Once is an Irish romantic drama that had a very modest budget (and ‘approach’ if I might add) and found Oscars success at the 2008 awards season. I have great affection for this movie not only because I had just seen the protagonist – Irish music balladeer Glen Hansard in concert opening for Bob Dylan, but because this adorable understated indie movie made such great-inroads and basked in the sun of mainstream accolade.

Wikipedia: The film stars Glen Hansard and Markéta Irglová as two struggling musicians in Dublin, Ireland. A thirty-something busker performs with his guitar on Grafton Street, a Dublin shopping district and chases a man who steals his money. Lured by his music, a young Czech flower seller talks to him about his songs. Delighted to learn that he repairs hoovers, she insists that she fix her broken hoover…..  Once spent years in development with the Irish Film Board and was made for a budget of €112,000. It was a commercial success, earning substantial per-screen box office averages in the United States.

It’s very serendipitous how I see Bob Dylan in Sydney 2001 the night before he received his Oscar for Things Have Changed and then Glen Hansard in 2007 open for him and soon thereafter he wins an Oscar for Falling Slowly in Once. What are the chances of that?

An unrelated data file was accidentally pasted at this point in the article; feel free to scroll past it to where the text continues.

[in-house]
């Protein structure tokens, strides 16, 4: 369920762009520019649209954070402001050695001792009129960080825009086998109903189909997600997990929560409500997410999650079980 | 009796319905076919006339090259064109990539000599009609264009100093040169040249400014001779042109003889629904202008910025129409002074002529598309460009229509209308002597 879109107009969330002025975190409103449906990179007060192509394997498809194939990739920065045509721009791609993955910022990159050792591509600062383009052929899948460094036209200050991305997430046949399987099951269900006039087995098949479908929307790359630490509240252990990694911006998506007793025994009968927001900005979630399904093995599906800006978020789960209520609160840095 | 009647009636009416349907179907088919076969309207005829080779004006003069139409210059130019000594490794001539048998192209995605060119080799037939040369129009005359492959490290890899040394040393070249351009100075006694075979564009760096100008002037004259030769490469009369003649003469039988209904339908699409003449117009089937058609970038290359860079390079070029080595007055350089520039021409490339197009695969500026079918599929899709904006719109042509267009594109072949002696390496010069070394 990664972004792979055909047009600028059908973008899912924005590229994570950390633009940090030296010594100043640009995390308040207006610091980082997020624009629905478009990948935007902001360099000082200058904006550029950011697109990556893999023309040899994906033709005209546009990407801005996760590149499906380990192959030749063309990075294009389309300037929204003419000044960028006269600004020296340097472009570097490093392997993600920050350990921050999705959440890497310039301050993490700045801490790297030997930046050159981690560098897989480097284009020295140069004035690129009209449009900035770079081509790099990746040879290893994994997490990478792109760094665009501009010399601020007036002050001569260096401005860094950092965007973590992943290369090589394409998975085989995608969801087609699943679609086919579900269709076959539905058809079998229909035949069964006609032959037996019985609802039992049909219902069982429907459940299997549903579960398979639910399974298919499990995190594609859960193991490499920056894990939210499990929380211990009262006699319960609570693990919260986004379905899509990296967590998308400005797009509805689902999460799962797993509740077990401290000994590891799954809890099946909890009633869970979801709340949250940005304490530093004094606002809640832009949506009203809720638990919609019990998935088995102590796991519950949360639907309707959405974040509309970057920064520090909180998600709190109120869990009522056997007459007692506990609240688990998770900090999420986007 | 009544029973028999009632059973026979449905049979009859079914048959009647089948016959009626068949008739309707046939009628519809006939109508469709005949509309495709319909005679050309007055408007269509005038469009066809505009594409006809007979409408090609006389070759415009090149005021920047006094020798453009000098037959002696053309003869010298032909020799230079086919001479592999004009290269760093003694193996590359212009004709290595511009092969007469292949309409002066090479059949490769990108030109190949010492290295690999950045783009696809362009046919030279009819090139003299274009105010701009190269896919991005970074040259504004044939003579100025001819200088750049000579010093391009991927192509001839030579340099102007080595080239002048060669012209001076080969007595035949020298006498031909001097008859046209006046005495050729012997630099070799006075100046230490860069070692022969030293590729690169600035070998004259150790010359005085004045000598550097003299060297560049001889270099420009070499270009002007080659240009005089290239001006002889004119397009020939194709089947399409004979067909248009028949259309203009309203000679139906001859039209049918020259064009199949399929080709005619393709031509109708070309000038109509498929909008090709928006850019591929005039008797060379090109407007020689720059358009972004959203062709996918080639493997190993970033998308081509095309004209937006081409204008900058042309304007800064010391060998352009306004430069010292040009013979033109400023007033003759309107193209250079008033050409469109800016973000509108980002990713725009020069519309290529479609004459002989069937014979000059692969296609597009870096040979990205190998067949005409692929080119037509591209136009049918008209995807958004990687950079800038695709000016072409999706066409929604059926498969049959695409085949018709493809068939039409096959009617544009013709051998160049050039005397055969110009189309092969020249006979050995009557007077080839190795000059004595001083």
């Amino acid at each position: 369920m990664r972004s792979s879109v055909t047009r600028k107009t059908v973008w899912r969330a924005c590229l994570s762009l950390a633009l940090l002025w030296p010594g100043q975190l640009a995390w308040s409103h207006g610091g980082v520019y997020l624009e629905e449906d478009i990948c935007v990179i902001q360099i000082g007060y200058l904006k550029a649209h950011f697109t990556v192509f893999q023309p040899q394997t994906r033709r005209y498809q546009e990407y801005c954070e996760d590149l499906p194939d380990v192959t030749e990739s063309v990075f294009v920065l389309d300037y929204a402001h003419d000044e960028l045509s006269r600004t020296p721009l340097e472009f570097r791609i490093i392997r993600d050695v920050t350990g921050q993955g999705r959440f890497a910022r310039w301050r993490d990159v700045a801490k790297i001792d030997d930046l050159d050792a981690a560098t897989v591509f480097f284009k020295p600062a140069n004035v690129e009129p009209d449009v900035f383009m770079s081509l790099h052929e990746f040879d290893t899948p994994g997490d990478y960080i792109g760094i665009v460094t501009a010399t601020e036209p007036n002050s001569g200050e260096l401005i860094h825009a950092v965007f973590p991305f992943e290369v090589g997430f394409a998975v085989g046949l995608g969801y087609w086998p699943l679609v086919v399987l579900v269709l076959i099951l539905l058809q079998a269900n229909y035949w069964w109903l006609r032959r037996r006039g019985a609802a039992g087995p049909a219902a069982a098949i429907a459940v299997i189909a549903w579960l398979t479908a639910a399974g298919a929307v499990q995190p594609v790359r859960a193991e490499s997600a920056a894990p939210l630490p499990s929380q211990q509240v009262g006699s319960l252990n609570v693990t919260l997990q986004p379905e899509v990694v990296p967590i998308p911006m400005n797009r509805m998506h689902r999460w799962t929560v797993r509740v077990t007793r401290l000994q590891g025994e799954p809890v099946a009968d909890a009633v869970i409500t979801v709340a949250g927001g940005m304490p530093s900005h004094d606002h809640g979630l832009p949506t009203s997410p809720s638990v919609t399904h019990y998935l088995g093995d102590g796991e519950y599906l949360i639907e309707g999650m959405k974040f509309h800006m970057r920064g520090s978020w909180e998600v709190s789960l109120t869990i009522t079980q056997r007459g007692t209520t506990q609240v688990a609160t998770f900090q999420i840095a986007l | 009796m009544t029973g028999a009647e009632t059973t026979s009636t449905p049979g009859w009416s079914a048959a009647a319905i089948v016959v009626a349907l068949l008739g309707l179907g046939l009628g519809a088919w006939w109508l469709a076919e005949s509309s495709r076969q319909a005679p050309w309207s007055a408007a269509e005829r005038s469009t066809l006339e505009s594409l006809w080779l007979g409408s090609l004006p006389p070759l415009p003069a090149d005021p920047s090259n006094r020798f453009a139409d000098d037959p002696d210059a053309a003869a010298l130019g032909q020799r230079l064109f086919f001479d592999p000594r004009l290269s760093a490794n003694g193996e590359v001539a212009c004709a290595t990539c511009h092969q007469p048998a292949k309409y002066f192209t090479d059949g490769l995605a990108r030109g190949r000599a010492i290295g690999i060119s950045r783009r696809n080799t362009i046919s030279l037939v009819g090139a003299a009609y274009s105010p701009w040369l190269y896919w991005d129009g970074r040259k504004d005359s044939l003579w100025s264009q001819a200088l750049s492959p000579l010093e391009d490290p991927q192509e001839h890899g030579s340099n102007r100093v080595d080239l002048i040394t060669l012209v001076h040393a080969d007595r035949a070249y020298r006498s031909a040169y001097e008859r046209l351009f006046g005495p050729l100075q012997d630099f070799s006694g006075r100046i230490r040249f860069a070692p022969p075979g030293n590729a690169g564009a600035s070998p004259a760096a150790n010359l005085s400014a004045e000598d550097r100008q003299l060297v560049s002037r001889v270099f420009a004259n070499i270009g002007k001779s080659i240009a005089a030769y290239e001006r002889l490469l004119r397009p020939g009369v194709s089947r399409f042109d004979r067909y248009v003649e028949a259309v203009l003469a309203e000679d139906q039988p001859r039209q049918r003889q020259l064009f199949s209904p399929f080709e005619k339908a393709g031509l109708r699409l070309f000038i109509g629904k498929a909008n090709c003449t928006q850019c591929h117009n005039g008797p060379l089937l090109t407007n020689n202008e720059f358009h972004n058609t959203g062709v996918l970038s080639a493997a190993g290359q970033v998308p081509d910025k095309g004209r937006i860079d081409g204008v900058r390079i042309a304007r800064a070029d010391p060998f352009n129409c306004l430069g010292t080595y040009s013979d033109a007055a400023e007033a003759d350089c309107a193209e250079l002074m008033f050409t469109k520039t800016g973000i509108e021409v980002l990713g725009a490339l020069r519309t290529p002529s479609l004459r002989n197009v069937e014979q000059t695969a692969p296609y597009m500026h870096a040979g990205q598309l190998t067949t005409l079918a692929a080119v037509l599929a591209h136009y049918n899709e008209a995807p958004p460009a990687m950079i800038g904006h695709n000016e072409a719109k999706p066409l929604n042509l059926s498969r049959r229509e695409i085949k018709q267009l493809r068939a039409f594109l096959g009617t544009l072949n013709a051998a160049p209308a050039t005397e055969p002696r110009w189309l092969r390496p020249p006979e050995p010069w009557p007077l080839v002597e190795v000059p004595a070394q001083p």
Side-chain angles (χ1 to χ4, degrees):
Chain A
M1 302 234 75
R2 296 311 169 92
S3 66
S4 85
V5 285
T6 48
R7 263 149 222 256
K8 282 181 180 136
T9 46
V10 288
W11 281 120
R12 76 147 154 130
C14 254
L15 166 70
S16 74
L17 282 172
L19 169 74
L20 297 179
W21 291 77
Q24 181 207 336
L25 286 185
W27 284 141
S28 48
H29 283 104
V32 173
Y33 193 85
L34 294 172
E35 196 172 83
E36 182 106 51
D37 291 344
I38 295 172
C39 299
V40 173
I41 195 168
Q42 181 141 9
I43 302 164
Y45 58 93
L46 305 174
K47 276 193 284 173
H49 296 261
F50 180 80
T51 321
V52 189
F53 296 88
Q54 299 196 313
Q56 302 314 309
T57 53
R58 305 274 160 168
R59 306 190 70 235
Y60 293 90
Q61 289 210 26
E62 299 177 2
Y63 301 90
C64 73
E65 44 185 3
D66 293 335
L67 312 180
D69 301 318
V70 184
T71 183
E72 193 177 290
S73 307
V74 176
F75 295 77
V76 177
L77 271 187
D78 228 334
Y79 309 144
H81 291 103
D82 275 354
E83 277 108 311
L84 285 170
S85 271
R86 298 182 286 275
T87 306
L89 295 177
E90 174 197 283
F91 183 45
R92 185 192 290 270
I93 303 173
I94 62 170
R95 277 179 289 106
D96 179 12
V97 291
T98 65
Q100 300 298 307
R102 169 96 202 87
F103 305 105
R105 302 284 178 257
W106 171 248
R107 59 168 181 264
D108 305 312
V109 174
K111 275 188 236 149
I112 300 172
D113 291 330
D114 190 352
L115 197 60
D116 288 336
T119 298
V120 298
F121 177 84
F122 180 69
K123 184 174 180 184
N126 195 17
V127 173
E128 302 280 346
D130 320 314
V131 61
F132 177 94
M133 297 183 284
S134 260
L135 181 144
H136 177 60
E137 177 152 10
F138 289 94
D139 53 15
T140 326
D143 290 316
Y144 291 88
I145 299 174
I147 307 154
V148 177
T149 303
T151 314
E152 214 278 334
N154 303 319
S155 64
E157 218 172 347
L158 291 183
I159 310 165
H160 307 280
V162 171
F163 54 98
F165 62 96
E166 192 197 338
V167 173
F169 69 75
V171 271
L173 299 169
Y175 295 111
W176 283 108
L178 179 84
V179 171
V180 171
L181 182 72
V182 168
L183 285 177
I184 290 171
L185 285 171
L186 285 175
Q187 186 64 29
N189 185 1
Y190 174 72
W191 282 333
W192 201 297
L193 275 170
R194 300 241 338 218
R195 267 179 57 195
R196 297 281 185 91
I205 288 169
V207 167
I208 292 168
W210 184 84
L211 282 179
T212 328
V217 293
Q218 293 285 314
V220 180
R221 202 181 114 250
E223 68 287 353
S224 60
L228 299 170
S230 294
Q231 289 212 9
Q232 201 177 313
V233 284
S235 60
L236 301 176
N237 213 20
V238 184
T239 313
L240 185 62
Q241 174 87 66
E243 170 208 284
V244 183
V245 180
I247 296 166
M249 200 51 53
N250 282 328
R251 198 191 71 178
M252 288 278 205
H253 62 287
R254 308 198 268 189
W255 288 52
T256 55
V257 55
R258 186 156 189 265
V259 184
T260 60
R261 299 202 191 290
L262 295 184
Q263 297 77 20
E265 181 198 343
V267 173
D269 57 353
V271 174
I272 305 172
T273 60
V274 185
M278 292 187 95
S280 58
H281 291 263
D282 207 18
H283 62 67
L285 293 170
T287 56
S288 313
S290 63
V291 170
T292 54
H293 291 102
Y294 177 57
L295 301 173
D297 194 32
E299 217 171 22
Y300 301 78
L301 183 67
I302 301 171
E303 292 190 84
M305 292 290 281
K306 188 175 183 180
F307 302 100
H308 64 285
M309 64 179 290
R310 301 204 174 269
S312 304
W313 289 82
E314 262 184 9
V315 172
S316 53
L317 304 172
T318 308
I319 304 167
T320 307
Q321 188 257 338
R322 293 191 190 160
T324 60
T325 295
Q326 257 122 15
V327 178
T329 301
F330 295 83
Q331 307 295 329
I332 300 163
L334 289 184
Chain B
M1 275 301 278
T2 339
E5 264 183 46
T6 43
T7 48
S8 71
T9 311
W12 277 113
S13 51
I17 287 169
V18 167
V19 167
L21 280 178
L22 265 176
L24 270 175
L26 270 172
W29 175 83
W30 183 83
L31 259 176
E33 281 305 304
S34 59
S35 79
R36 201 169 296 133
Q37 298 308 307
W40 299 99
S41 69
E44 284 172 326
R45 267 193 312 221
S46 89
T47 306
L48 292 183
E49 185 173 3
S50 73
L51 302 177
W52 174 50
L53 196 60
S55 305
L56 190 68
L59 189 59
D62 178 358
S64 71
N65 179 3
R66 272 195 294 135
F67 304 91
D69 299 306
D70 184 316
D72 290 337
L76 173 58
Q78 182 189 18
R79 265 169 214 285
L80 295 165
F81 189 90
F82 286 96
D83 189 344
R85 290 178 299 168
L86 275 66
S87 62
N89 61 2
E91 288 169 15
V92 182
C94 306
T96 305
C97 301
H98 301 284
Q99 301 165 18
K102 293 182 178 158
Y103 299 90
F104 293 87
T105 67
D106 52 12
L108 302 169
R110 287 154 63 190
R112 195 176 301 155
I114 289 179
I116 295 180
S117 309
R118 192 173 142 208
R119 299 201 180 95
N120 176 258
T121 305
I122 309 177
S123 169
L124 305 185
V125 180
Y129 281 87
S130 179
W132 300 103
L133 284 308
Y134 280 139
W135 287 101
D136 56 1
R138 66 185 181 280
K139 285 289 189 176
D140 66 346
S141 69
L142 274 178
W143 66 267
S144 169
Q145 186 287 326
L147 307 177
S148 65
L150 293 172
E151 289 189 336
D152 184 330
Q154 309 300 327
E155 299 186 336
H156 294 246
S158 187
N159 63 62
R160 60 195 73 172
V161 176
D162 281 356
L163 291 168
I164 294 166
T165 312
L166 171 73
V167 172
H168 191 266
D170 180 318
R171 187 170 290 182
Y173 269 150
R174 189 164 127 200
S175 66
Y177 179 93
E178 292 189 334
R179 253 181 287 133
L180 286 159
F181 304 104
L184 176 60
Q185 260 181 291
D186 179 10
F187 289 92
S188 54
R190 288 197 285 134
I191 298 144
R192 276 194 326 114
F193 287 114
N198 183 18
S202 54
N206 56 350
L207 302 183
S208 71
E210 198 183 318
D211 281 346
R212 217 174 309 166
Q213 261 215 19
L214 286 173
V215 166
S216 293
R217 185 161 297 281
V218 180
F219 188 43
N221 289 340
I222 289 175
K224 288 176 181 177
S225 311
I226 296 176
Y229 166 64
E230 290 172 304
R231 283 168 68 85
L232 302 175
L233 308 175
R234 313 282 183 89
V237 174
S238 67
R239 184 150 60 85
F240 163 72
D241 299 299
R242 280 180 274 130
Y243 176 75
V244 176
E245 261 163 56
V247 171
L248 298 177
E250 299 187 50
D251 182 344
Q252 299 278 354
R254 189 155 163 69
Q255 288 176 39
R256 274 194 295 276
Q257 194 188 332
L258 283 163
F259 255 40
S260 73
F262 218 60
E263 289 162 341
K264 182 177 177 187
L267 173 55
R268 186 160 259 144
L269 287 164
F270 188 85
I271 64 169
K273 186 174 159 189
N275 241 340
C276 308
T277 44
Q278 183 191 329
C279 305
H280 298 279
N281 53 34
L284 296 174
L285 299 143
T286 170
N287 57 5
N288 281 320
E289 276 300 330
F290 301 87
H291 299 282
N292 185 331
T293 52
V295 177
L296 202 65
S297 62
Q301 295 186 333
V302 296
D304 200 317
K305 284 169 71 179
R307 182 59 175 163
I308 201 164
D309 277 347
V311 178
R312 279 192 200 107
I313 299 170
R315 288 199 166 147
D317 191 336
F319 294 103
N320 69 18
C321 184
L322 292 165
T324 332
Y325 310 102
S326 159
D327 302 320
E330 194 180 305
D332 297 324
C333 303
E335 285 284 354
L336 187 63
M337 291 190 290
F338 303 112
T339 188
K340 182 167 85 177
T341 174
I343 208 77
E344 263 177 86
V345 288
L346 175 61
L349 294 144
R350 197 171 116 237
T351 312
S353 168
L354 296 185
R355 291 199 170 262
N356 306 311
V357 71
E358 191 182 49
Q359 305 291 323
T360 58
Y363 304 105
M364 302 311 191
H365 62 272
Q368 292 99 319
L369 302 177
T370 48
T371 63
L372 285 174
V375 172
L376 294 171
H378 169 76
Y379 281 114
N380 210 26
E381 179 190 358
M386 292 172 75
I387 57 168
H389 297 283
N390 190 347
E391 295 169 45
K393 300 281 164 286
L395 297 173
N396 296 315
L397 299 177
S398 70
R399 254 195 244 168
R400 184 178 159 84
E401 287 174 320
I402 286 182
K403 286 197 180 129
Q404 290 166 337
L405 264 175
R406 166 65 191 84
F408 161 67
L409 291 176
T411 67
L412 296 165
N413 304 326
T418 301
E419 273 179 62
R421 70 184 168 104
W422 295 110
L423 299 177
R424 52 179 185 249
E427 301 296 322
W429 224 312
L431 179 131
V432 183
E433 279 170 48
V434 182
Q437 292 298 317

Allow me to digress if you will, when I saw Dylan perform the night before he won his Oscar he was very jovial and zingy, perhaps he already had received his Oscar in the post. I remember saying to my partner at the time, ‘he’s trying to be Elvis’. It was a fantastic show and just after Dylan sung Things Have Changed and received his Oscar my old man called me. He said (or words to the effect), ‘Dylan eyes penetrated the TV screen. He didn’t sing that song, he WAS that song’. Put it down to nostalgia or what have you, but it is one of my favourite live performances of anything, ever. He unleashed this remarkable verbal tirade of aging cynicism and reasoning (no holding back) and to this Hollywood audience no-less, then he ever so graciously/meekly accepts the award and gives a wonderfully articulate speech about tranquility and goodwill.